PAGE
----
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Female Re-Entry and Gender-Responsive Programming: Recommendations for Policy and Practice

NCJ Number
300931
Date Published
May 2021
Length
7 pages
Author(s)
Holly Ventura Miller, Ph.D.
Agencies
NIJ
Annotation

Following an overview of the nature of female criminal offending, this article reviews the movement toward and features of gender-responsive criminal justice programming for female offenders and reviews the empirical literature on what works in reentry programming for women.

Abstract

Substance use and addiction are identified as integral to understanding female offending. Many women are arrested for drug-related crimes or property crimes to fund drug use. Women are more likely than men to abuse drugs in the context of interpersonal relationships and interactive behavior with romantic partners. Female offenders are more likely than male offenders to have histories of childhood maltreatment and abuse, co-occurring psychiatric disorders, familial dysfunction, and negative self-concept. Gender-responsive programming in re-entry after incarceration and in rehabilitation programming has attempted to address the distinctive challenges faced by female offenders while also capitalizing on some of the characteristics of women offenders that make them more amenable than men to rehabilitation. Such programming may include mental health components, parent-child relationships, familial reunification, substance abuse treatment, and cognitive-behavioral therapy. Mutual support groups are recommended for women. In assessing gender-specific re-entry models, this article focuses on a series of meta-analyses, which systematically aggregated information and quantified its impact. This facilitates understanding the degree to which various factors impact outcomes of reentry after incarceration. For women offenders, interventions that focused on substance abuse had significantly larger effects on preventing recidivism for women, as did the use of therapeutic communities. Interventions in an institution or those that bridged the institution and the community were more effective than those administered in the community alone. Gender-informed interventions proved to be more effective than gender-neutral programs. Nine recommendations for policy and practice are offered. 22 references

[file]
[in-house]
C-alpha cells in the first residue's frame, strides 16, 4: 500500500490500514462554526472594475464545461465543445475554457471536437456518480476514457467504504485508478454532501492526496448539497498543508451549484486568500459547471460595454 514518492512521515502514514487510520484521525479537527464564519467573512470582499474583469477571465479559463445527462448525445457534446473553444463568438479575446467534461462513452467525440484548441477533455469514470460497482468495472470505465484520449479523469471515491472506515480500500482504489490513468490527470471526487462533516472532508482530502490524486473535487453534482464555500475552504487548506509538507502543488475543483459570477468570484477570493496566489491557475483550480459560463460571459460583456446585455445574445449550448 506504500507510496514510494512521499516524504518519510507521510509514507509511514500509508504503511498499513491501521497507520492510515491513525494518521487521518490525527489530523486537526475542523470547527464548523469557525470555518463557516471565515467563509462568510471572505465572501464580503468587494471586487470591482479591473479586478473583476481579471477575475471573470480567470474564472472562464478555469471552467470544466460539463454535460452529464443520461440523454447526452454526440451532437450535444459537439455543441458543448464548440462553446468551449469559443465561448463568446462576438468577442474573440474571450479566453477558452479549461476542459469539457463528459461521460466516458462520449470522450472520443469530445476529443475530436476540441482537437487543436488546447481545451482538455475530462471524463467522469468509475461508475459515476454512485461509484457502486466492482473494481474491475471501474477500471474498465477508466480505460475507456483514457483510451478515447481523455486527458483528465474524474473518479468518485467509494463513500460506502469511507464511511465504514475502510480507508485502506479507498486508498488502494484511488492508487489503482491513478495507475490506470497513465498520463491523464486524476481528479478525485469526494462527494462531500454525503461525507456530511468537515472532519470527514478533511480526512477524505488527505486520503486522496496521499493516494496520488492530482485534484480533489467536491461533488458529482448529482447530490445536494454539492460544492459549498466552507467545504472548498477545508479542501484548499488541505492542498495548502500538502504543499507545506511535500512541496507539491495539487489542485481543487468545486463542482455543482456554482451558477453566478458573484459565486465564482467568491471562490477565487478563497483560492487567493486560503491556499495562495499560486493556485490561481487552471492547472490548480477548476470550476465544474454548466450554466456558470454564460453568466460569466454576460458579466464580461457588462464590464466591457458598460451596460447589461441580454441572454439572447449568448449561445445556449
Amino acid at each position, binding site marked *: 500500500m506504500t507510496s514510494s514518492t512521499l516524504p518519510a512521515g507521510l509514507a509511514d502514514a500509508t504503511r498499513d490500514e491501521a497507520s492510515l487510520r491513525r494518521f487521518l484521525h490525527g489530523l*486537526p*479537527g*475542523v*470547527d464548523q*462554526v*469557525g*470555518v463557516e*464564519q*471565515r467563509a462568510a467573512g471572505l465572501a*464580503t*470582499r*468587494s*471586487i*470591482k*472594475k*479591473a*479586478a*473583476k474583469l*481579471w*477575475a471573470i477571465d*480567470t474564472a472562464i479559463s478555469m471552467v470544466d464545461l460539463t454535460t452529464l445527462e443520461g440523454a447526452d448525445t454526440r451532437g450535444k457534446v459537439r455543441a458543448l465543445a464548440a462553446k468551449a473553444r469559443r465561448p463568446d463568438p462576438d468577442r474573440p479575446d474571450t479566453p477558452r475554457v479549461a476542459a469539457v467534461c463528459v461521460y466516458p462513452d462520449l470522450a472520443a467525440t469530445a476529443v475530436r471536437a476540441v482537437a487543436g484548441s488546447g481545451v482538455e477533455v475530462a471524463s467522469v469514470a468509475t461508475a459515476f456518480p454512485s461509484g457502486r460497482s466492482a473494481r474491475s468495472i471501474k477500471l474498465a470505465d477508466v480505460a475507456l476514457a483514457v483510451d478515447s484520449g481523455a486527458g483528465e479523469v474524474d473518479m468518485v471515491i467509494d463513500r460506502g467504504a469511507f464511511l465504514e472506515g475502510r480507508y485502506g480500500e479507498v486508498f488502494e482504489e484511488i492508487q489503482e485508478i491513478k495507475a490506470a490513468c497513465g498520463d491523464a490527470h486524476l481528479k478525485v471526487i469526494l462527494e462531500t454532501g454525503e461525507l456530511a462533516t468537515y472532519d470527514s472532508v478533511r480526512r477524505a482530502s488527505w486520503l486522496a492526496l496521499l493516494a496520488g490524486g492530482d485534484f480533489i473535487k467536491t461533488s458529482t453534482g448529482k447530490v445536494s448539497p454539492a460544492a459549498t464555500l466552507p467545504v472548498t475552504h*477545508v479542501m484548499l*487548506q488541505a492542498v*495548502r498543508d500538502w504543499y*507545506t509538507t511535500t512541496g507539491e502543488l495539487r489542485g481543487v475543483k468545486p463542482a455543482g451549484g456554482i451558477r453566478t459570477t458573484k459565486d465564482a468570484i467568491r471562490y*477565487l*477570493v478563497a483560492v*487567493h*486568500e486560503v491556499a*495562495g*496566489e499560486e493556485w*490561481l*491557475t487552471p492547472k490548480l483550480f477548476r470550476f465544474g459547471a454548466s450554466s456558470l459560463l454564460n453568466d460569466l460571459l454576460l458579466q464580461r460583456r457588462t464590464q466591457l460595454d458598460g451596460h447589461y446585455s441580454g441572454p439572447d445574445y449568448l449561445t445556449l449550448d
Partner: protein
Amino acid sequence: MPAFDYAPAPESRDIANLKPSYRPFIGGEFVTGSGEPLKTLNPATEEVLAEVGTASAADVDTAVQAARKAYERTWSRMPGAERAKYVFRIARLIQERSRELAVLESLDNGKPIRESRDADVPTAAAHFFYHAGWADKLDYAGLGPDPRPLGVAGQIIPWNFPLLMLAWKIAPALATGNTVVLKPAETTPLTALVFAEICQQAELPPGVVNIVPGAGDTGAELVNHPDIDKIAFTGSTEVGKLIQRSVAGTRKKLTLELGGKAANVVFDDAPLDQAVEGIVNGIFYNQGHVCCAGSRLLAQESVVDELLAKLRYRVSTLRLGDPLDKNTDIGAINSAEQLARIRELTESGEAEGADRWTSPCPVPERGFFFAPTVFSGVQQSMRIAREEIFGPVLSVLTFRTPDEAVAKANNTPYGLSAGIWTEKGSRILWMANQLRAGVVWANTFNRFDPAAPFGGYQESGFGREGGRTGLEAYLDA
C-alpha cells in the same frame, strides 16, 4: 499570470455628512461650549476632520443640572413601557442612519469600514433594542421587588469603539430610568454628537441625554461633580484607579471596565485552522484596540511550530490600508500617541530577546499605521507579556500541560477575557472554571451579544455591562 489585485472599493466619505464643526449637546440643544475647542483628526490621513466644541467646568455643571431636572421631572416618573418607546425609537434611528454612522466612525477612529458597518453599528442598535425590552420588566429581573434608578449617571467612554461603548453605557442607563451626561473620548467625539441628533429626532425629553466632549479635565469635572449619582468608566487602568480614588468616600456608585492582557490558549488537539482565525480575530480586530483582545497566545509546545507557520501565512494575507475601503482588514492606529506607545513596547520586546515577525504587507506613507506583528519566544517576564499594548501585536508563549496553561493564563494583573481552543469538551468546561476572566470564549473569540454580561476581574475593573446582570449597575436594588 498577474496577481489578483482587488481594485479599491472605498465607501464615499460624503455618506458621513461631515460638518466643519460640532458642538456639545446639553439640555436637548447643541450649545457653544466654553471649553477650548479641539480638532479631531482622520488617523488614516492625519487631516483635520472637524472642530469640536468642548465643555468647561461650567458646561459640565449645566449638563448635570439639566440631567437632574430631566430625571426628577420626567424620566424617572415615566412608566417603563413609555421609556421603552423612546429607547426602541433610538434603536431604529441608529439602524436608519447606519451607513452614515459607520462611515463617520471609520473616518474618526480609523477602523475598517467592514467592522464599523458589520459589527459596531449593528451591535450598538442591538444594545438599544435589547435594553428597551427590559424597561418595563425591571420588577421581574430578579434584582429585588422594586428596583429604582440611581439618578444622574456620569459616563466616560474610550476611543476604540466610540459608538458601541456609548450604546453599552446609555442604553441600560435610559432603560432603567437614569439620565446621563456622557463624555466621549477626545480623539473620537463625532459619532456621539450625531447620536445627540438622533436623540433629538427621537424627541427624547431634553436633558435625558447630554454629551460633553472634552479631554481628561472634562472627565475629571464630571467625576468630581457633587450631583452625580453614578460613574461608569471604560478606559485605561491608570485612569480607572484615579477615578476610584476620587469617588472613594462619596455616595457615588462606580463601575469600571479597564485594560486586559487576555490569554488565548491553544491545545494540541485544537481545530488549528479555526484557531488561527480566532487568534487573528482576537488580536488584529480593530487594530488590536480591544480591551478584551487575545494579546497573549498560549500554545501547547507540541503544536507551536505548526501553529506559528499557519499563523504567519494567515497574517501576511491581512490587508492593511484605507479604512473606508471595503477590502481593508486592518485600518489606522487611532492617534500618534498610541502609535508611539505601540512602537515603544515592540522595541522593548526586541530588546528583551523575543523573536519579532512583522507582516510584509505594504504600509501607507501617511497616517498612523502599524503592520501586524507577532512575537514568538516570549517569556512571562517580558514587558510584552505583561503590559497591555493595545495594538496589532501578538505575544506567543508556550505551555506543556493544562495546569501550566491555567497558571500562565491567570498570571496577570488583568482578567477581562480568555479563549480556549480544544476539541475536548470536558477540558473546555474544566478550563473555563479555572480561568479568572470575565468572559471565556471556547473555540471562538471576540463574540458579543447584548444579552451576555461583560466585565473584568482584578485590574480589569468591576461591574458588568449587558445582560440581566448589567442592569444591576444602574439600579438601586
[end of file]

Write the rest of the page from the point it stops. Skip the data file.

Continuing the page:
Date Created: May 19, 2021